2

while I was studying XOR linked list I run into a type called intptr_t/uintptr_t, I know that we can cast a pointer to this type and manipulate it as an integer with no problems, but what if we do have a variable int a (let's say hypothetically that its address is 100), does this line (int* x=(intptr_t)100) mean that x points on a? if not what does it do then ?

Thanks in advance.

3
  • The XOR linked list hack is mostly of historical interest today. The only advantage is a small size saving that is hardly worse the added complication. It is much better to use regular double linked lists if you need to scan the list in both directions.
    – chqrlie
    Sep 4 '20 at 8:51
  • If a is stored at address 100 (i.e. printf('%p', &a) prints 0x64) then int* x= (int*)100; should make x point to the same address as a. So it's a convoluted and non portable way to do int* x = &a;. But writing int* x=(intptr_t)100 doesn't make sense, since intptr_t is a number and int* is a pointer. Something like intptr_t x = (intptr_t)&a would make sense, if you wanted to inspect the value of the pointer. And if you need to inspect the value of a pointer, there is a 99.9% chance you're doing something wrong.
    – Groo
    Sep 4 '20 at 9:17
  • 1
    "I know that we can cast a pointer to this type and manipulate it as an integer with no problems" --> 1) Useful with object pointers. Attempting to use function pointers may loose information. 2) intptr_t/uintptr_t are common, yet optional types with a compliant compiler. 3) conversion to/from a pointer should go through void* Sep 4 '20 at 14:25
2

The XOR linked list method is a hack to construct a linked list that can be navigated in both directions using the space for a single pointer. The trick is to store the XOR of addresses of the next and previous items in the link member, converting these addresses as uintptr_t (or intptr_t) values, to perform bitwise exclusive or on integers of the appropriate size and store this info as an integer:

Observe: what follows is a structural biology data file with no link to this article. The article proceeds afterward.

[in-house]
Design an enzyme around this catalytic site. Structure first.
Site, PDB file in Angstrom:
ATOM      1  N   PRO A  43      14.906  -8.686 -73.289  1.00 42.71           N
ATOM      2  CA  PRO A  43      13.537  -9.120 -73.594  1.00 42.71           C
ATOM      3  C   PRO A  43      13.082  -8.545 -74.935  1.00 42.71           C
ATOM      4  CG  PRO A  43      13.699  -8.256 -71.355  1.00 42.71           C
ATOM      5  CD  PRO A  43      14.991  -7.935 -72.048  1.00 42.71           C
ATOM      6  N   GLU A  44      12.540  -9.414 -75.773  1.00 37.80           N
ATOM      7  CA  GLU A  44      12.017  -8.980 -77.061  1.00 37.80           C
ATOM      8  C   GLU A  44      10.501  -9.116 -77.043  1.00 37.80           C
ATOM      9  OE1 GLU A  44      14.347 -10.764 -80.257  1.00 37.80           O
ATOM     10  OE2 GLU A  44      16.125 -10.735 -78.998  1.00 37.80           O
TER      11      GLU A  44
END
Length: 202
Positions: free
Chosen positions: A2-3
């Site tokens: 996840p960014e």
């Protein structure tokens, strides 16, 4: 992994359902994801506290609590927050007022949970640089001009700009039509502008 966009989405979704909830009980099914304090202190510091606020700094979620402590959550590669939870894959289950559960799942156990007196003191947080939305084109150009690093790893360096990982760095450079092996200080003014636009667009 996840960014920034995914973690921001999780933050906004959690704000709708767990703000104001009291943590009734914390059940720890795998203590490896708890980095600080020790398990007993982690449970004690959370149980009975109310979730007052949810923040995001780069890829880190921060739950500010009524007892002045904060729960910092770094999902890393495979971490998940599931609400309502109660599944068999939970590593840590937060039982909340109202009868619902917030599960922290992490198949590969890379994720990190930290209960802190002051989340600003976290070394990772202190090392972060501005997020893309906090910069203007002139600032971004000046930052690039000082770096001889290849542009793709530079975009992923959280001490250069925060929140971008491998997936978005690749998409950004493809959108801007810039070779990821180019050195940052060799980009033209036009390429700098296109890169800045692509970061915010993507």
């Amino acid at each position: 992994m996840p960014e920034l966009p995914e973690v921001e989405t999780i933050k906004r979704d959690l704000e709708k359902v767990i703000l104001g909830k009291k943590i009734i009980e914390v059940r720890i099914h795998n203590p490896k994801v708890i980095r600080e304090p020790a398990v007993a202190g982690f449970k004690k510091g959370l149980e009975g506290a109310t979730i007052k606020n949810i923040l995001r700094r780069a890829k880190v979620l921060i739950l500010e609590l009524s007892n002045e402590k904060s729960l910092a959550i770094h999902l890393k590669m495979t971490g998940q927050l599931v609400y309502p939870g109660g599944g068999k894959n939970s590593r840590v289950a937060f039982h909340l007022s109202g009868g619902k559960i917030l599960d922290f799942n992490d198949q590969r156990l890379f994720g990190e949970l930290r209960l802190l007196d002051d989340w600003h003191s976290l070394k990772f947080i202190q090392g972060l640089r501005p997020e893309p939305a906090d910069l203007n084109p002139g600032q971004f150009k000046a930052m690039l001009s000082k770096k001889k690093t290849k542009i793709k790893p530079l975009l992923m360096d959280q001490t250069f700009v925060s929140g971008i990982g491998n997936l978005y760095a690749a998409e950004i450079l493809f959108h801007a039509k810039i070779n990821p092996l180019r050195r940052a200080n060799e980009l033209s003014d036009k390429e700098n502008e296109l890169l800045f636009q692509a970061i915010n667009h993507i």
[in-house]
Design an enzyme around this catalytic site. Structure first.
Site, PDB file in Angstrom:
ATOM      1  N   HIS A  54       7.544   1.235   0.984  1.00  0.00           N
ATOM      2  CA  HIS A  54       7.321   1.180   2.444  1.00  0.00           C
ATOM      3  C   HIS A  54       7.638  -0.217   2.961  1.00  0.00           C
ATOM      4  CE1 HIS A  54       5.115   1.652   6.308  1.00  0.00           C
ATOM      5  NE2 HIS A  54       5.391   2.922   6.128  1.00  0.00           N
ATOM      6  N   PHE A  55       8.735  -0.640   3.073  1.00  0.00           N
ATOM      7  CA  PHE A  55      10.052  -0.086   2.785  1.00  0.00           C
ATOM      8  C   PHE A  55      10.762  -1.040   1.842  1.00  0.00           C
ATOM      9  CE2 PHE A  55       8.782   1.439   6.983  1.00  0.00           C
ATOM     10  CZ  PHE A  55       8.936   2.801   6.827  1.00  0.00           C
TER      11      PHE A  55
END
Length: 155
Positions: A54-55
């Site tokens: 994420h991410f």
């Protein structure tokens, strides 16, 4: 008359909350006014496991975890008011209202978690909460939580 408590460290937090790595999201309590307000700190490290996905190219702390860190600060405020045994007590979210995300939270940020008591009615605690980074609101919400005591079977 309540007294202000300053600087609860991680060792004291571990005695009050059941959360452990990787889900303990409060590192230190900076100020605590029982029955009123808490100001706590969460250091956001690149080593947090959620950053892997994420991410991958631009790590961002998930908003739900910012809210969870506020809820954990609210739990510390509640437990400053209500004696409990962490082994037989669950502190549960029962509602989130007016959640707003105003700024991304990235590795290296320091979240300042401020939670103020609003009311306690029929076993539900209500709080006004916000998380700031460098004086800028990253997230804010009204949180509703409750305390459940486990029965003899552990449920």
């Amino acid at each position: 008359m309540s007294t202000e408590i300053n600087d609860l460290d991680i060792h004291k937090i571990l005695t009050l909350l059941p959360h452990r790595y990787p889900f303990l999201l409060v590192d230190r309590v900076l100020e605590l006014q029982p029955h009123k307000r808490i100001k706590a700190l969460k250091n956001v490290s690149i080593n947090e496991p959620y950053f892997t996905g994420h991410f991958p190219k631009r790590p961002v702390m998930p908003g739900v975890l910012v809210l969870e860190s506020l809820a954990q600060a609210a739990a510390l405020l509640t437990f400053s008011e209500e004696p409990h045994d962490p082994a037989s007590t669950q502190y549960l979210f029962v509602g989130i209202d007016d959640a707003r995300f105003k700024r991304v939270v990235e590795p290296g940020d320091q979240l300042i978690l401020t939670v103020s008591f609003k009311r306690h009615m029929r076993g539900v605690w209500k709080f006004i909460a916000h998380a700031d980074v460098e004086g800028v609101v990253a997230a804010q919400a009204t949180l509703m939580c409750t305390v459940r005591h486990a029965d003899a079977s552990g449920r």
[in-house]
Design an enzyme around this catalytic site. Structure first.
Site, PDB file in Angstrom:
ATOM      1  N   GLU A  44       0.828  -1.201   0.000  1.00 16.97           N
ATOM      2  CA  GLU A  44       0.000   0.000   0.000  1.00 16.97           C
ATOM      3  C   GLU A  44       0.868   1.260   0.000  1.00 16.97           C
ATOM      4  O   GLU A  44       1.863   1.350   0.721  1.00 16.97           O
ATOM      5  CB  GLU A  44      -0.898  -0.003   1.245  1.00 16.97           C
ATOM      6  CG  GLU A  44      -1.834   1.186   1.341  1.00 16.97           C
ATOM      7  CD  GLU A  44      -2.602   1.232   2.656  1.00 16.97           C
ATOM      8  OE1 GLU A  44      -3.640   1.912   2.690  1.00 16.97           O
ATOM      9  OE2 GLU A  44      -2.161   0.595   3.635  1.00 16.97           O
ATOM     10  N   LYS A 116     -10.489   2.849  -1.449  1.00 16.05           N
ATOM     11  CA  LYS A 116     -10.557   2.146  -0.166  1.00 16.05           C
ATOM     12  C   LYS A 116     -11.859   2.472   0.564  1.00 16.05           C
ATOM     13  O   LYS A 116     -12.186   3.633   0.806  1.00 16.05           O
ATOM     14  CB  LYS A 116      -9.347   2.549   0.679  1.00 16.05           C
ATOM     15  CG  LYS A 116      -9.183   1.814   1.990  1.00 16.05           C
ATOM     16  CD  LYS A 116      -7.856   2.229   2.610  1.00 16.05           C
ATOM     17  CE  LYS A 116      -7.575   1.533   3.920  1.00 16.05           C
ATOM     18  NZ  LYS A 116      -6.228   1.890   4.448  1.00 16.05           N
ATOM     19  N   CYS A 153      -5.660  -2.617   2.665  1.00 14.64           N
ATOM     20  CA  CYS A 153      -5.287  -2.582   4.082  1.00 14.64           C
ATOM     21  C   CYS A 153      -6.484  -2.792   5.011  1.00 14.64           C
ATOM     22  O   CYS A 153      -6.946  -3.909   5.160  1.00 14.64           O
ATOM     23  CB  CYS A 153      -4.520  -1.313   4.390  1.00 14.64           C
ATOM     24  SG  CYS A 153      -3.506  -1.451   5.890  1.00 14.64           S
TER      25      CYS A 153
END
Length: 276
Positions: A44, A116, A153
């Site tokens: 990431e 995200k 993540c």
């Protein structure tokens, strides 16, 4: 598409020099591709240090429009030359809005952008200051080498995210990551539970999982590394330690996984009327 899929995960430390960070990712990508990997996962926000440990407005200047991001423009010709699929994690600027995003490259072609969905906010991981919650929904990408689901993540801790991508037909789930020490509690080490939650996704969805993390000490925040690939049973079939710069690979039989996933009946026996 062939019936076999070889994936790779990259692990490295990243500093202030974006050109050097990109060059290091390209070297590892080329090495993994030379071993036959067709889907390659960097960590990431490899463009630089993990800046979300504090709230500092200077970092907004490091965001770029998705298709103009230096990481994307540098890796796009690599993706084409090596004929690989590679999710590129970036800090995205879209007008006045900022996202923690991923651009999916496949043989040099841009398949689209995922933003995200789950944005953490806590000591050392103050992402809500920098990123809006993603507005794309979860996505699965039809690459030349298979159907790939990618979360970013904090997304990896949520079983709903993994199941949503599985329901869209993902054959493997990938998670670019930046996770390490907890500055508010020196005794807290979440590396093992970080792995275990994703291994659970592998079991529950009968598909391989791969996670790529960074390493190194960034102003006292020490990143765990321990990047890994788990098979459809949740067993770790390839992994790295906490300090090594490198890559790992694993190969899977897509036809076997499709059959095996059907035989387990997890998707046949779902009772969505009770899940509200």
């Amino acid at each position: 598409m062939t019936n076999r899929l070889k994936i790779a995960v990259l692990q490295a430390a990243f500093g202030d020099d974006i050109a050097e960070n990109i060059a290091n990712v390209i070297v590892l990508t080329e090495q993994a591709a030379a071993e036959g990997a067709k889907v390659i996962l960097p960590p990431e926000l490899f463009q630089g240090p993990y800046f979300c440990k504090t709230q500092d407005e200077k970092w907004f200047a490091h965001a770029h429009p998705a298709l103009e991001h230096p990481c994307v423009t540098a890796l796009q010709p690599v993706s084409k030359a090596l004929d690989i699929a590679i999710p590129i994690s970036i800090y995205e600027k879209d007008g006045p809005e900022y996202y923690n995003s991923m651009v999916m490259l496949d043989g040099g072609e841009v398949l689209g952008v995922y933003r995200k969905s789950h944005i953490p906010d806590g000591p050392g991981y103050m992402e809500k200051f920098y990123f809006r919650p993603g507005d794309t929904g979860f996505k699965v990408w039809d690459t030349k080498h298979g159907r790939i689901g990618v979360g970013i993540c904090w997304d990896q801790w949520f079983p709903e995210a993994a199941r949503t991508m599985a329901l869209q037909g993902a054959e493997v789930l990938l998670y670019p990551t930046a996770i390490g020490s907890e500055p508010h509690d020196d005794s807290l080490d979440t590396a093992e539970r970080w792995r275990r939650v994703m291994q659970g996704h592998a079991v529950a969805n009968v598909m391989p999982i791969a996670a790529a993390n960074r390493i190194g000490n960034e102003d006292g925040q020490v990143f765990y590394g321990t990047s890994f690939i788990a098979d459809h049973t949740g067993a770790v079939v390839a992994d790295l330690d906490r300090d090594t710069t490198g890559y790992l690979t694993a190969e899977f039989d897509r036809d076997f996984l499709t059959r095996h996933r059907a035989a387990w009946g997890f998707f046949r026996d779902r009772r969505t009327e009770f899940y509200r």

struct item {
    uintptr_t link;
    int data; // item payload. Can be any number of members of any type
};

The list can be traversed in both directions, provided you know the address of the previous (or the next) item:

struct item *get_link(struct item *p, const struct item *previous) {
    return (struct item *)(p->link ^ (uintptr_t)previous);
}

To avoid a warning on alignement issues, you may need to add an extra cast as:

return (struct item *)(void *)(p->link ^ (uintptr_t)previous);

uintptr_t is an integer type that is specified as having the same size as void *, hence can contain all the information from any data pointer. Converting a data pointer to uintptr_t and back with casts should yield the same pointer.

intptr_t is the corresponding signed type, which is of little use per se.

The XOR linked list hack is mostly of historical interest today. The only advantage is a small size saving that is hardly worth the added complication. It is much better to use regular doubly linked lists if you need to scan the list in both directions. The scan with this trick requires keeping the pointer to both the current item an the previous one in the direction of traversal, whereas regular doubly linked lists can be handled with a single pointer, hence can be manipulated and/or shared in a much simpler fashion.